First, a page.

The Wolfpack played with energy for stretches and were stagnant and lazy at other times. They played defense on certain possessions and weren't focused on other ones. There was momentum and enthusiasm in the second half but a look of disinterest for long periods in the first.
|More on NCAA Tournament|
|More college basketball coverage|
That's essentially how the season went for NC State, which entered the season as the preseason favorite in the ACC but never lived up to expectations. Temple ended the disappointing run with a 76-72 win in the Round of 64 on Friday.
Crafty Temple guard Khaliff Wyatt had his usual array of scoop shots, fadeaways and contested jumpers en route to 31 points, and Jake O'Brien knocked down four 3-pointers and had 18 points.
For Temple coach Fran Dunphy, it was quite a relief. The Philadelphia native advanced past the Round of 64 for only the third time in his career, despite this marking his 15th appearance in the big dance.
In the preseason this likely would have been deemed a mismatch -- and on paper, the Wolfpack still had the edge at nearly every position on the floor. Except when it came to giving consistent effort and playing hard.
“I think we just needed to come out with a little better energy to start the game,” senior Scott Wood said. “We were just kind of lackadaisical. There's no reason that it's the NCAA tournament and we should come out sluggish.”
Take away “NCAA tournament,” and you have a quote that could be applied to many of NC State's games this season.
The Wolfpack were picked to win the ACC back in October, marking only the third time since 1970 that they entered the season as the No. 1 team in the league. They had the league's preseason player of the year and the preseason rookie of the year.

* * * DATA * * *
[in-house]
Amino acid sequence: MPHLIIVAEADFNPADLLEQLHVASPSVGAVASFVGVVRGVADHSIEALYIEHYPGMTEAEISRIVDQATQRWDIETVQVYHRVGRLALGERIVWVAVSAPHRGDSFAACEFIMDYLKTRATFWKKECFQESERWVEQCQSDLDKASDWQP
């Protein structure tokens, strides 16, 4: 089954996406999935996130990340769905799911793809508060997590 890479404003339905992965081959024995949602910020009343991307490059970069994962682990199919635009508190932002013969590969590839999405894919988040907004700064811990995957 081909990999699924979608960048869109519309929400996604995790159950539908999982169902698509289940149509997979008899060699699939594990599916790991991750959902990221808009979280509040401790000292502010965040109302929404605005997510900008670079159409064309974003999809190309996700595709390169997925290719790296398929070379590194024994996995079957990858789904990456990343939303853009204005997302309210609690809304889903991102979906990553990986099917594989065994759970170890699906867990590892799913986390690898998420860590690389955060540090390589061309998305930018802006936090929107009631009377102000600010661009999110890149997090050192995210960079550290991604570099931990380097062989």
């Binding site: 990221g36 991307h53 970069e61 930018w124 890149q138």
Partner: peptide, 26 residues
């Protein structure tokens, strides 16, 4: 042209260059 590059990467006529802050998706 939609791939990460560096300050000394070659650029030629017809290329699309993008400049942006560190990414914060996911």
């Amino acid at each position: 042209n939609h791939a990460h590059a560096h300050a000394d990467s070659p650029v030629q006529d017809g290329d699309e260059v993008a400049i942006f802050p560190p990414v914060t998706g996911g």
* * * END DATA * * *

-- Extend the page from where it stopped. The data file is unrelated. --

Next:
NC State rarely played like that, though, getting hammered by Oklahoma State in the first couple of weeks of the season and losing five of seven after starting ACC play with three consecutive wins.
Throughout the season there were times they looked like a Final Four contender and times they looked like a borderline NIT team. It was the same on Friday.
“This particular team never seemed to get to a point where we could sustain and maintain great defensive effort the entire game,” coach Mark Gottfried said. “That's on me.”
Talent was never the question with this Wolfpack team. Future NBA players litter the upper part of the roster, with up to five players capable of being drafted in the next two NBA drafts.
Not surprisingly, people fell in love with that sort of personnel. After all, NC State went to the Sweet 16 last season, returned several key parts and added three McDonald's All-Americans.
A win over Duke and a dominant performance against North Carolina once again showed how good the Wolfpack could be. Their ceiling was as high as many of the top-10 teams in the country.
Or was it?
Remember, this was a team that barely made the NCAA tournament last season -- a fact overshadowed by the two March wins a year ago. They weren't that impressive over the course of an entire season in 2011-12, and aside from a couple of big wins this year, it was just mostly inconsistency.
“The core part of our group was the same group that was 5-7 [in the ACC last year] at one point,” Gottfried. “So the whole year has become this struggle to reach higher than we were, and we just kept reaching and couldn't get there, and you just seemed to always be falling short.”
This team should have been better. And the box score on Friday isn't all that damning to the Wolfpack. They shot nearly 56 percent from the field and dominated the glass. They doubled up Temple when it came to points in the paint.
There was a stretch where NC State scored on eight straight possessions, and on 10 of 11 overall. But 10 first-half turnovers and allowing the Owls to shoot 53.3 percent from the field over the first 20 minutes ultimately buried the Wolfpack.
“When you come into the season with a target on your back like we had, people are going to give you their best shot,” senior forward Richard Howell said. “There were times when we came out and didn't give other teams our best shot.”
In the NCAA tournament, that's no excuse.
And as a result, a team that entered the season with all the expectations in the world is headed home on the first Friday of the big dance.